The crosscorrelation of and tells us how similar the two functions are when is shifted the amount relative to . The crosscorrelation is given by the equation


(9.8a)

This equation means that is displaced units to the left relative to , corresponding values multiplied, and the products summed to give . The result is the same if we move to the right units, that is,


(9.8b)

The functions and are closely related. Using two simple curves, it is easily shown that we can crosscorrelate by reversing and convolving the reversed function with , that is,


(9.8c)

(since convolution is commutative). Reversing a function in time changes the sign of , so the exponent of changes sign also, becoming and becoming the conjugate complex . The convolution theorem (equation (9.3f)) now becomes the crosscorrelation theorem:


(9.8d)

If is the same as , we get the autocorrelation of and equations (9.8a,d) become


(9.8e)

the transform relation being the autocorrelation theorem. Since the two functions are the same, does not depend upon the direction of displacement. The autocorrelation for equals the sum of the data elements squared, hence is called the energy of the trace;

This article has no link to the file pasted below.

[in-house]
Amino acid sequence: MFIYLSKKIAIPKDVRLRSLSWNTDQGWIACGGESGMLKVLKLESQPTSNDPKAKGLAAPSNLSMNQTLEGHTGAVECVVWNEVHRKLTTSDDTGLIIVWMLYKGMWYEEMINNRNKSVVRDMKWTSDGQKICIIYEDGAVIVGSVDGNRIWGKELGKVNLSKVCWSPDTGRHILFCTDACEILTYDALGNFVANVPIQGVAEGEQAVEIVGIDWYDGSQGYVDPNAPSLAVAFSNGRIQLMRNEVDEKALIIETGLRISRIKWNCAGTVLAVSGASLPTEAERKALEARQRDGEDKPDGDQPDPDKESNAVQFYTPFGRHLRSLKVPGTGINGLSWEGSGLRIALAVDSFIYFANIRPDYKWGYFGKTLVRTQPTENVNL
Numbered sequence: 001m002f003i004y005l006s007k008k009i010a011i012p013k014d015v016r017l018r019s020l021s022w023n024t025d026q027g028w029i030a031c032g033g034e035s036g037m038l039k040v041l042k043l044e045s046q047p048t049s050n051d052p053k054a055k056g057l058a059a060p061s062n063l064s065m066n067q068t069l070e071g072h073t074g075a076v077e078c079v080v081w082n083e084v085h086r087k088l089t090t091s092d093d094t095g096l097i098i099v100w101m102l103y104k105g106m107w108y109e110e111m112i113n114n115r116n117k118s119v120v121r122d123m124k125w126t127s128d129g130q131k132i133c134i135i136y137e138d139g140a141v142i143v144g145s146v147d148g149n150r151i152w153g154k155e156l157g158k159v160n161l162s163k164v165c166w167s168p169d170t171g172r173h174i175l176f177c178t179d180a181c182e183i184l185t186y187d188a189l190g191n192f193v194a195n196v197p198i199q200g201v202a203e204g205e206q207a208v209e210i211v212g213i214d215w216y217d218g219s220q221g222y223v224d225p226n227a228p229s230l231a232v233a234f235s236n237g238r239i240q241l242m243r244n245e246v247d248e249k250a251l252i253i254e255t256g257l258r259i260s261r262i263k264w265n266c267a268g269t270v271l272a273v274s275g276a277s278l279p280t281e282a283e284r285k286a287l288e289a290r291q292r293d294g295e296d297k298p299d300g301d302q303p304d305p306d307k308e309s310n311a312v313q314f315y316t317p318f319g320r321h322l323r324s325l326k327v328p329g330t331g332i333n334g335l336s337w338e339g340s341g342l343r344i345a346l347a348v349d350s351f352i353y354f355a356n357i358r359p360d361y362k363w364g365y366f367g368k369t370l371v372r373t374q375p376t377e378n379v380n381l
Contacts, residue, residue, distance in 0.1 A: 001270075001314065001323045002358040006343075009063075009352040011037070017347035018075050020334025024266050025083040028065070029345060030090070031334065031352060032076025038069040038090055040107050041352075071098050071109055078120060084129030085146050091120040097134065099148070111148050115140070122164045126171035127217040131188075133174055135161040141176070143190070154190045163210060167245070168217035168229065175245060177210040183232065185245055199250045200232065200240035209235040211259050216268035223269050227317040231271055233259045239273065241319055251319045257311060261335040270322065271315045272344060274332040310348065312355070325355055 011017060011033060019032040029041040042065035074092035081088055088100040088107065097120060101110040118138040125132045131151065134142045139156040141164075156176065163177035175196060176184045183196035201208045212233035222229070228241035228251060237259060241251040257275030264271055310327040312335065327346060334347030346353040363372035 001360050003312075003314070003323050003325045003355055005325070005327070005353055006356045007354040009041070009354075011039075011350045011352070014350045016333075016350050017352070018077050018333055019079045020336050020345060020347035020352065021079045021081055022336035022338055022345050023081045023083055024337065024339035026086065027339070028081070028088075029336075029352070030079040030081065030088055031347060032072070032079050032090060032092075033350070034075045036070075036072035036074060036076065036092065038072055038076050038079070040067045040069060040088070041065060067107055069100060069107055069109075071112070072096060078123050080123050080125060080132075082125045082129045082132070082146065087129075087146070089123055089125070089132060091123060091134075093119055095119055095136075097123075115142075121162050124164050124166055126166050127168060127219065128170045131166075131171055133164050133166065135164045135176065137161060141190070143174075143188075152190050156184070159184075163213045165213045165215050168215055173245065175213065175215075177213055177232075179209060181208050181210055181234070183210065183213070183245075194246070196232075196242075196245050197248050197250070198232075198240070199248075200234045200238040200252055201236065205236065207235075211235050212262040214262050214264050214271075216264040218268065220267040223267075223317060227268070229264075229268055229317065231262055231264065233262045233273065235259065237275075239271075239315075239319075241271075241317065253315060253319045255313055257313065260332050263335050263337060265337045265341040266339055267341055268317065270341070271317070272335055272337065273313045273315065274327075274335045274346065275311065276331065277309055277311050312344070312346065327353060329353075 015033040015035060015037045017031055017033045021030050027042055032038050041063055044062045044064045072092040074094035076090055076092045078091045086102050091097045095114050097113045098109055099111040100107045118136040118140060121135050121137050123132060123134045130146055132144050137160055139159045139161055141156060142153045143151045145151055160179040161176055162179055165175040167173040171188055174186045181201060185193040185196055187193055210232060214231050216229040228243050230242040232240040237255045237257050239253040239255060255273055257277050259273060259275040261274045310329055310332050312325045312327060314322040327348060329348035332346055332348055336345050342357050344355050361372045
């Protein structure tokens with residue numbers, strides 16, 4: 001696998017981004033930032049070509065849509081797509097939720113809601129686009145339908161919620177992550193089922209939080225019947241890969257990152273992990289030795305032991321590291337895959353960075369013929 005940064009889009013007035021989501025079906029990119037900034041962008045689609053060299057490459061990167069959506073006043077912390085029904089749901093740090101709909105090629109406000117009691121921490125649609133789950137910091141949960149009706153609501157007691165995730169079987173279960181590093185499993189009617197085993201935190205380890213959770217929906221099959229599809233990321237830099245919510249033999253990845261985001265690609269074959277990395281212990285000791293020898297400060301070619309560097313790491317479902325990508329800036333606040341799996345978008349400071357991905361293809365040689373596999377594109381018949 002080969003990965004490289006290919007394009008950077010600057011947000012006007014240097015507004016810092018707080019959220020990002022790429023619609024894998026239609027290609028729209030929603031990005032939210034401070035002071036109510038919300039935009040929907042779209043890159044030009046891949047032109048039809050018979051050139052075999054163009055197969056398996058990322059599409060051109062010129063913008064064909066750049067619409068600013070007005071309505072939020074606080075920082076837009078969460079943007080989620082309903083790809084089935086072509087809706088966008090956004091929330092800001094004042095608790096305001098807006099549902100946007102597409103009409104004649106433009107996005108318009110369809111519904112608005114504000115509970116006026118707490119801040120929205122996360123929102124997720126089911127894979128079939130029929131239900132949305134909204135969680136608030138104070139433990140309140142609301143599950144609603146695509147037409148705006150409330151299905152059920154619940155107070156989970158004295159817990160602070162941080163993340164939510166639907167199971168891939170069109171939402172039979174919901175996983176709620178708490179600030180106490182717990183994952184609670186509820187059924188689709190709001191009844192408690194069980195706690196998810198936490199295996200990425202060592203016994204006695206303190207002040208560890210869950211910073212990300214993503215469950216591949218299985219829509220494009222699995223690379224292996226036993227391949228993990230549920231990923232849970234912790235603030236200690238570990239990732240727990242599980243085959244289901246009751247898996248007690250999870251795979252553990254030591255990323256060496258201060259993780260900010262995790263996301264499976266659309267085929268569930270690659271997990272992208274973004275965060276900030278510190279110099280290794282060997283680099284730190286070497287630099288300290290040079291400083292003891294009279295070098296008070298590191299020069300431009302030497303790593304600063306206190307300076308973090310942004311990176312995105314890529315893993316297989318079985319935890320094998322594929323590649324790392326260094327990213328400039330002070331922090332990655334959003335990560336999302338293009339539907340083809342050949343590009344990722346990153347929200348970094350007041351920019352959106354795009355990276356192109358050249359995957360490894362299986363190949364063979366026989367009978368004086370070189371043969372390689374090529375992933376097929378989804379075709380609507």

(9.8f)

Both the autocorrelation and the crosscorrelation are often normalized; in the case of the autocorrelation, equation (9.8e) becomes


(9.8g)

The normalized crosscorrelation is


(9.8h)

Solution

Time-domain calculations:

Using equation (9.8a) to calculate , i.e., is first shifted to the left; we have:

So

where marks the value at . Proceeding in the same way, we find that

To find we displace instead of and obtain , which equals .

Autocorrelations are found in the same way:

Frequency-domain calculations

The -transforms of , , and are , , . The conjugate complexes of these transforms are are , , . Using these transforms, we get